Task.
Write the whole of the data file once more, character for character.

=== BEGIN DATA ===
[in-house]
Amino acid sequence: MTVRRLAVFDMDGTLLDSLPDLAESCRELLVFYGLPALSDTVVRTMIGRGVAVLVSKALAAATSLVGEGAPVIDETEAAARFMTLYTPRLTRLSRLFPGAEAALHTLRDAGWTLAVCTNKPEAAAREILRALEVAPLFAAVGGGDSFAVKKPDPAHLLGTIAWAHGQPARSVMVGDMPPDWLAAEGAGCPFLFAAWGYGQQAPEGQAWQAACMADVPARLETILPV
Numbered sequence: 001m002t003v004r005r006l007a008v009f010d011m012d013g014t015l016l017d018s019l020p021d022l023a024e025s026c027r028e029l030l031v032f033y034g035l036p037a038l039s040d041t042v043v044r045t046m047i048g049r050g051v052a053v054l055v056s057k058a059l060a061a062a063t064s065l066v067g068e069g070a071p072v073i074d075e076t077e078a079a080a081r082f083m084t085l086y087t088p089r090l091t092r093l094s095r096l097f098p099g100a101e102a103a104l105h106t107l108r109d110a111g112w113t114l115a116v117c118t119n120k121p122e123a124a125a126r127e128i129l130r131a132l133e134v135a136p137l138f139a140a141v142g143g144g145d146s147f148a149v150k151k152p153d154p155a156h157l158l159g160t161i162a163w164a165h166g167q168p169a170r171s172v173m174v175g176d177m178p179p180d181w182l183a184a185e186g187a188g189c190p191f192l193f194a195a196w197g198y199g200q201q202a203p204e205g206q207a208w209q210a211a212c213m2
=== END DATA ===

[in-house]
Amino acid sequence: MTVRRLAVFDMDGTLLDSLPDLAESCRELLVFYGLPALSDTVVRTMIGRGVAVLVSKALAAATSLVGEGAPVIDETEAAARFMTLYTPRLTRLSRLFPGAEAALHTLRDAGWTLAVCTNKPEAAAREILRALEVAPLFAAVGGGDSFAVKKPDPAHLLGTIAWAHGQPARSVMVGDMPPDWLAAEGAGCPFLFAAWGYGQQAPEGQAWQAACMADVPARLETILPV
Numbered sequence: 001m002t003v004r005r006l007a008v009f010d011m012d013g014t015l016l017d018s019l020p021d022l023a024e025s026c027r028e029l030l031v032f033y034g035l036p037a038l039s040d041t042v043v044r045t046m047i048g049r050g051v052a053v054l055v056s057k058a059l060a061a062a063t064s065l066v067g068e069g070a071p072v073i074d075e076t077e078a079a080a081r082f083m084t085l086y087t088p089r090l091t092r093l094s095r096l097f098p099g100a101e102a103a104l105h106t107l108r109d110a111g112w113t114l115a116v117c118t119n120k121p122e123a124a125a126r127e128i129l130r131a132l133e134v135a136p137l138f139a140a141v142g143g144g145d146s147f148a149v150k151k152p153d154p155a156h157l158l159g160t161i162a163w164a165h166g167q168p169a170r171s172v173m174v175g176d177m178p179p180d181w182l183a184a185e186g187a188g189c190p191f192l193f194a195a196w197g198y199g200q201q202a203p204e205g206q207a208w209q210a211a212c213m2